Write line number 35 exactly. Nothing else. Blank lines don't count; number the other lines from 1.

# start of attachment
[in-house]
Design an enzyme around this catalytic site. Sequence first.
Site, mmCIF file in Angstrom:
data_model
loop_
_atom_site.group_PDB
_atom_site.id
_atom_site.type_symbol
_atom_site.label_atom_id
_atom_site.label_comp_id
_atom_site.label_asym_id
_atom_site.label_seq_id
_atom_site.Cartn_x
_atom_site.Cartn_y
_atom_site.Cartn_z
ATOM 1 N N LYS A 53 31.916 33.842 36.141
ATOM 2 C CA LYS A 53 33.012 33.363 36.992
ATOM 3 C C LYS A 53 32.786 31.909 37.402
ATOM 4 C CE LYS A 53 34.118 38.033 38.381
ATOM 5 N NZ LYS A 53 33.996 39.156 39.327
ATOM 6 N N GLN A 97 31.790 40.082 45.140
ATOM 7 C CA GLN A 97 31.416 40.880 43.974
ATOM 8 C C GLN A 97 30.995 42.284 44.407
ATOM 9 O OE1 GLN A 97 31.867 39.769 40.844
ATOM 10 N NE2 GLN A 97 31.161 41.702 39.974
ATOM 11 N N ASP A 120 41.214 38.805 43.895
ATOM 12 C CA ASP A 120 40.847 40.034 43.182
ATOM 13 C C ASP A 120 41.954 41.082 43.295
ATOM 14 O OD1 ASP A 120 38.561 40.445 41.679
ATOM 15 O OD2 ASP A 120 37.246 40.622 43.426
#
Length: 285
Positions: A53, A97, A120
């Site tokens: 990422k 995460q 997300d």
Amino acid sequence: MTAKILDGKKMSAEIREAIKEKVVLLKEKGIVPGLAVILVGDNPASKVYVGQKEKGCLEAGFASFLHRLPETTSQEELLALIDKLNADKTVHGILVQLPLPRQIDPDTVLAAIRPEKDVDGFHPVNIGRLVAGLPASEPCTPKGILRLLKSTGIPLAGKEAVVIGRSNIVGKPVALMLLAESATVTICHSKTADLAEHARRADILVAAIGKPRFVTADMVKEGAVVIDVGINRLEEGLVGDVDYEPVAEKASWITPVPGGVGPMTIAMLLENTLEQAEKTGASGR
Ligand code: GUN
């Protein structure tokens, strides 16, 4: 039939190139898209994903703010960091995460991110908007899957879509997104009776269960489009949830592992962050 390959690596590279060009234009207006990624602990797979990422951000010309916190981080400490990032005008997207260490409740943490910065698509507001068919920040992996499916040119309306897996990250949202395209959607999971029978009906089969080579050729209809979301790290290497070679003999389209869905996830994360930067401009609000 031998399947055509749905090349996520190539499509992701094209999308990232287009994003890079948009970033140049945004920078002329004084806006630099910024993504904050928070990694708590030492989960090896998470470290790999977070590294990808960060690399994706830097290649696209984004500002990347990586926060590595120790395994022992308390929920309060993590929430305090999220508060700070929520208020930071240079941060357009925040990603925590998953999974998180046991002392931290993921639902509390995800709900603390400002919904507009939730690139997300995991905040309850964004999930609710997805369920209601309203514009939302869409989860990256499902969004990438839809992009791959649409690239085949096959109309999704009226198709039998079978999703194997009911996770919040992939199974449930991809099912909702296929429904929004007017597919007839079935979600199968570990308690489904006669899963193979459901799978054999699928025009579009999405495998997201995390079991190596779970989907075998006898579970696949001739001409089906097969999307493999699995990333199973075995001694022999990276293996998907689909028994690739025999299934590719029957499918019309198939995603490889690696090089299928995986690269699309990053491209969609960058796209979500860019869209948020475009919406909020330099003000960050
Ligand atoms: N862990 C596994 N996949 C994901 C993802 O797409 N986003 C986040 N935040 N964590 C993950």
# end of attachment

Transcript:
Amino acid sequence: MTAKILDGKKMSAEIREAIKEKVVLLKEKGIVPGLAVILVGDNPASKVYVGQKEKGCLEAGFASFLHRLPETTSQEELLALIDKLNADKTVHGILVQLPLPRQIDPDTVLAAIRPEKDVDGFHPVNIGRLVAGLPASEPCTPKGILRLLKSTGIPLAGKEAVVIGRSNIVGKPVALMLLAESATVTICHSKTADLAEHARRADILVAAIGKPRFVTADMVKEGAVVIDVGINRLEEGLVGDVDYEPVAEKASWITPVPGGVGPMTIAMLLENTLEQAEKTGASGR